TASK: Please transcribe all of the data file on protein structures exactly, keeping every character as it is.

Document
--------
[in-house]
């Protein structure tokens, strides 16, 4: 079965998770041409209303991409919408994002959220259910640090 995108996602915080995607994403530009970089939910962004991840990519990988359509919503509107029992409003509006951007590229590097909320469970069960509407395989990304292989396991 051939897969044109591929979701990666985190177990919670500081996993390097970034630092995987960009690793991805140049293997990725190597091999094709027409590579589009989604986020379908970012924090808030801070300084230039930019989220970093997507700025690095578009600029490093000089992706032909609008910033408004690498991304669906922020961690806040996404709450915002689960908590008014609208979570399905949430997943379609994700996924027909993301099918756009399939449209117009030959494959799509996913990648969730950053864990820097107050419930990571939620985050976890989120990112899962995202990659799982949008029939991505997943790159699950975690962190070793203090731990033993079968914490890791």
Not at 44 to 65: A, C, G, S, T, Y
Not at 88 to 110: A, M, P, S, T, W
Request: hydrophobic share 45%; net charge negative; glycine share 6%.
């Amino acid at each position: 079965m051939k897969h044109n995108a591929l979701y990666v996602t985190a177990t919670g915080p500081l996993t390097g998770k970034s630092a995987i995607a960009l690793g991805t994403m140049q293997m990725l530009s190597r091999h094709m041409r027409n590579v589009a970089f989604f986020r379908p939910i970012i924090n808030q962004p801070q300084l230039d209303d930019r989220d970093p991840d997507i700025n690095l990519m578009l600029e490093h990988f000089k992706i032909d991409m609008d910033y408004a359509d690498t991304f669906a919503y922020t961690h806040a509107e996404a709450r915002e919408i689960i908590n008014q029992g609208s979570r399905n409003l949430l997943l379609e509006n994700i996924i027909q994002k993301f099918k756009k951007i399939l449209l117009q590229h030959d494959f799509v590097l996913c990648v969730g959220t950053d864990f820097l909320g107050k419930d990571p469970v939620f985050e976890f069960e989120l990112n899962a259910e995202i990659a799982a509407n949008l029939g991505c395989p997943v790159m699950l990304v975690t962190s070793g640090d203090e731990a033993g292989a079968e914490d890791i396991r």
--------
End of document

[in-house]
């Protein structure tokens, strides 16, 4: 079965998770041409209303991409919408994002959220259910640090 995108996602915080995607994403530009970089939910962004991840990519990988359509919503509107029992409003509006951007590229590097909320469970069960509407395989990304292989396991 051939897969044109591929979701990666985190177990919670500081996993390097970034630092995987960009690793991805140049293997990725190597091999094709027409590579589009989604986020379908970012924090808030801070300084230039930019989220970093997507700025690095578009600029490093000089992706032909609008910033408004690498991304669906922020961690806040996404709450915002689960908590008014609208979570399905949430997943379609994700996924027909993301099918756009399939449209117009030959494959799509996913990648969730950053864990820097107050419930990571939620985050976890989120990112899962995202990659799982949008029939991505997943790159699950975690962190070793203090731990033993079968914490890791």
Not at 44 to 65: A, C, G, S, T, Y
Not at 88 to 110: A, M, P, S, T, W
Request: hydrophobic share 45%; net charge negative; glycine share 6%.
């Amino acid at each position: 079965m051939k897969h044109n995108a591929l979701y990666v996602t985190a177990t919670g915080p500081l996993t390097g998770k970034s630092a995987i995607a960009l690793g991805t994403m140049q293997m990725l530009s190597r091999h094709m041409r027409n590579v589009a970089f989604f986020r379908p939910i970012i924090n808030q962004p801070q300084l230039d209303d930019r989220d970093p991840d997507i700025n690095l990519m578009l600029e490093h990988f000089k992706i032909d991409m609008d910033y408004a359509d690498t991304f669906a919503y922020t961690h806040a509107e996404a709450r915002e919408i689960i908590n008014q029992g609208s979570r399905n409003l949430l997943l379609e509006n994700i996924i027909q994002k993301f099918k756009k951007i399939l449209l117009q590229h030959d494959f799509v590097l996913c990648v969730g959220t950053d864990f820097l909320g107050k419930d990571p469970v939620f985050e976890f069960e989120l990112n899962a259910e995202i990659a799982a509407n949008l029939g991505c395989p997943v790159m699950l990304v975690t962190s070793g640090d203090e731990a033993g292989a079968e914490d890791i396991r």